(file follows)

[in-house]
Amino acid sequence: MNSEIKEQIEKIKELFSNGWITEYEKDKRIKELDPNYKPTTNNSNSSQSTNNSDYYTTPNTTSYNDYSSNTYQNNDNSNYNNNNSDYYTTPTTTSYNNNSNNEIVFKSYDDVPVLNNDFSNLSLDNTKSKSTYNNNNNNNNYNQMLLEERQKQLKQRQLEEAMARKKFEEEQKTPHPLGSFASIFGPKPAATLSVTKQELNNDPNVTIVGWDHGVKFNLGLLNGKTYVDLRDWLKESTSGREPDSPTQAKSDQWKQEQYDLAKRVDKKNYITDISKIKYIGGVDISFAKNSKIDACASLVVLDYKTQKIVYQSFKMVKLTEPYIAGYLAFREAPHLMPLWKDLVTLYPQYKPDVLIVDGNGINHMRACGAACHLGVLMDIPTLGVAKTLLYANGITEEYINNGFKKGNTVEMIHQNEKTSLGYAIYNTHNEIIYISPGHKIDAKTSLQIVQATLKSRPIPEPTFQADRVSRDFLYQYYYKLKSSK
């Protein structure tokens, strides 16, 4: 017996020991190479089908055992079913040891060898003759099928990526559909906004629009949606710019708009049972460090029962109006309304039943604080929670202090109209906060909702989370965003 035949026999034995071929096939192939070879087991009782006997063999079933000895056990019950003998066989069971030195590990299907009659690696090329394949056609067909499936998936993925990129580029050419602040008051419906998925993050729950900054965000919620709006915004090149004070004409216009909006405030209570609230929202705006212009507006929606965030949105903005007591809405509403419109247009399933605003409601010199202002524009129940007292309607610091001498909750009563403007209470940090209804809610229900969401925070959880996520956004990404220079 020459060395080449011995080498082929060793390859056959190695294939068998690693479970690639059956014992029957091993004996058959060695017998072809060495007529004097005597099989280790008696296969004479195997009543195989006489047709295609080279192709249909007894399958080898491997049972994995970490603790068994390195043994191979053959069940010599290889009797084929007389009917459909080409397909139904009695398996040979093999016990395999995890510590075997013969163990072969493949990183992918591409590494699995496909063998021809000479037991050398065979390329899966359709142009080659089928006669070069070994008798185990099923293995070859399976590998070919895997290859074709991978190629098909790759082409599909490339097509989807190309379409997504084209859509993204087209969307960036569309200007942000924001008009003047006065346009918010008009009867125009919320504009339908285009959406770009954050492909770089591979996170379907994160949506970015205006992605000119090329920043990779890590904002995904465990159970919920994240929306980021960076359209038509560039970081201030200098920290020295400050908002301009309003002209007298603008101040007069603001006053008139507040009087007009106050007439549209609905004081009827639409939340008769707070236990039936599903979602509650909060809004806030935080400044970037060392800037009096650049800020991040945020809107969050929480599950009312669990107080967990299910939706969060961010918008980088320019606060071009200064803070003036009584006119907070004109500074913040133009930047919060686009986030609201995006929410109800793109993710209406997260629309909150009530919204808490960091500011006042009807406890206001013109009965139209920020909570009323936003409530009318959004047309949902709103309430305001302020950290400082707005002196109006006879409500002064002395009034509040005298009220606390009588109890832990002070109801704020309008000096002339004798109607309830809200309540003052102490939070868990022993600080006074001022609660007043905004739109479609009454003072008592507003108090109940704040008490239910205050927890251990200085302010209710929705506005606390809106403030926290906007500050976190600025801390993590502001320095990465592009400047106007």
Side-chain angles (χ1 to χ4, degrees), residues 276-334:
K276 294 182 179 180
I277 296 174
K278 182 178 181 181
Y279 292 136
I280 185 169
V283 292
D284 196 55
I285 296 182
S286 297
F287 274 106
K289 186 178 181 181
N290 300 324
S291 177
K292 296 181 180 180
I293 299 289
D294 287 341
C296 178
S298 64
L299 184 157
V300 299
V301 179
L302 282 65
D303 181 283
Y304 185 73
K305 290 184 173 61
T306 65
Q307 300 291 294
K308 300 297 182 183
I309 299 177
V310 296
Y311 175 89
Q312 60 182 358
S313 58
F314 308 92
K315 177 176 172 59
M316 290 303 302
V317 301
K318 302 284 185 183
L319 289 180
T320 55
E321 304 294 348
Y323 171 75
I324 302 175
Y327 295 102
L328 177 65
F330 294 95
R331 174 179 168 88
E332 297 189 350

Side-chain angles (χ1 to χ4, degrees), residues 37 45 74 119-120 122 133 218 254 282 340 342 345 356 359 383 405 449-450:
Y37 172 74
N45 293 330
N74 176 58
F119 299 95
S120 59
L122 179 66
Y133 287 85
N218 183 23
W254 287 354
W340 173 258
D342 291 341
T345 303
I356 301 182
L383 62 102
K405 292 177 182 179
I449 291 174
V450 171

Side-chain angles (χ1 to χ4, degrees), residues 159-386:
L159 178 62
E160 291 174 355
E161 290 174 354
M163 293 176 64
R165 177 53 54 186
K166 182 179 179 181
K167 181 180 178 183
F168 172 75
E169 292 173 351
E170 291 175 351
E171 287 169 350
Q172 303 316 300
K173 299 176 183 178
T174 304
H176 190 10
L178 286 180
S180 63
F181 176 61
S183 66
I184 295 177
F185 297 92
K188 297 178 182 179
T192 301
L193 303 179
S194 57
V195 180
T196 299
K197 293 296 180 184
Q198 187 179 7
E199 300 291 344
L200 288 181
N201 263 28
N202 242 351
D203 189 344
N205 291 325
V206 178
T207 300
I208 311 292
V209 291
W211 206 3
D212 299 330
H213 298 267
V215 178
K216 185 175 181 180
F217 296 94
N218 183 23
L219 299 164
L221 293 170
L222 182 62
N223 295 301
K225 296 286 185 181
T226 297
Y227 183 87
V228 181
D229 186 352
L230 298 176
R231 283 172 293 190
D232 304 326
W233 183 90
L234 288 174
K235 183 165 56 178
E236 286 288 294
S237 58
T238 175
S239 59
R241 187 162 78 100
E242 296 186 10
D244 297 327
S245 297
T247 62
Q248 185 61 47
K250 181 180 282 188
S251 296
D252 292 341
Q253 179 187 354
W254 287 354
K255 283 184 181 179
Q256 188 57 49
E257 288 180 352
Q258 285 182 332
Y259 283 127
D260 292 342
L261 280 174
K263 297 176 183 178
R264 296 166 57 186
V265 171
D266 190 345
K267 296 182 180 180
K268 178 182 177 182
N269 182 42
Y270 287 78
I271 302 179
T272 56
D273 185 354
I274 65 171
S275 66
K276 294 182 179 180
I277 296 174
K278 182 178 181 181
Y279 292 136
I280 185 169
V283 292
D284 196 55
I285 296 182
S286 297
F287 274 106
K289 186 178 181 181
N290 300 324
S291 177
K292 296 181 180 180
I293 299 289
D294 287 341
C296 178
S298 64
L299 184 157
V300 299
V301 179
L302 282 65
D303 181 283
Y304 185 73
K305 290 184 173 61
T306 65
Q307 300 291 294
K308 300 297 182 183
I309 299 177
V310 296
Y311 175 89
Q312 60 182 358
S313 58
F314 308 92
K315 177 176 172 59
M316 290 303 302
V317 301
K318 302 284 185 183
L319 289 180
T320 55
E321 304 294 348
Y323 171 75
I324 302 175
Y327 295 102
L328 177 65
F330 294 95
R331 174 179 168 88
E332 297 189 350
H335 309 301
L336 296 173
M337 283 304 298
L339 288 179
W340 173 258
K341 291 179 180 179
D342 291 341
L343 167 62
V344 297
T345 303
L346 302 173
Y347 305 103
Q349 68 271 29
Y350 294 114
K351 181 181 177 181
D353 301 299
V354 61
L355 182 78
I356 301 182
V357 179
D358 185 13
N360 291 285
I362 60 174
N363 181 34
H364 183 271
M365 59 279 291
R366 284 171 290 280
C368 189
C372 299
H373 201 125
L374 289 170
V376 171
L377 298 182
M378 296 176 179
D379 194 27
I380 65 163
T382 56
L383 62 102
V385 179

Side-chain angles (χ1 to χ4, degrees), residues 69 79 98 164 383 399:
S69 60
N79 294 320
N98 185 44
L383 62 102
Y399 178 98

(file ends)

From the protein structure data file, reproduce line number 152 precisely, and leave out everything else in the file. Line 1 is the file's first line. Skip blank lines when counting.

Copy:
Y259 283 127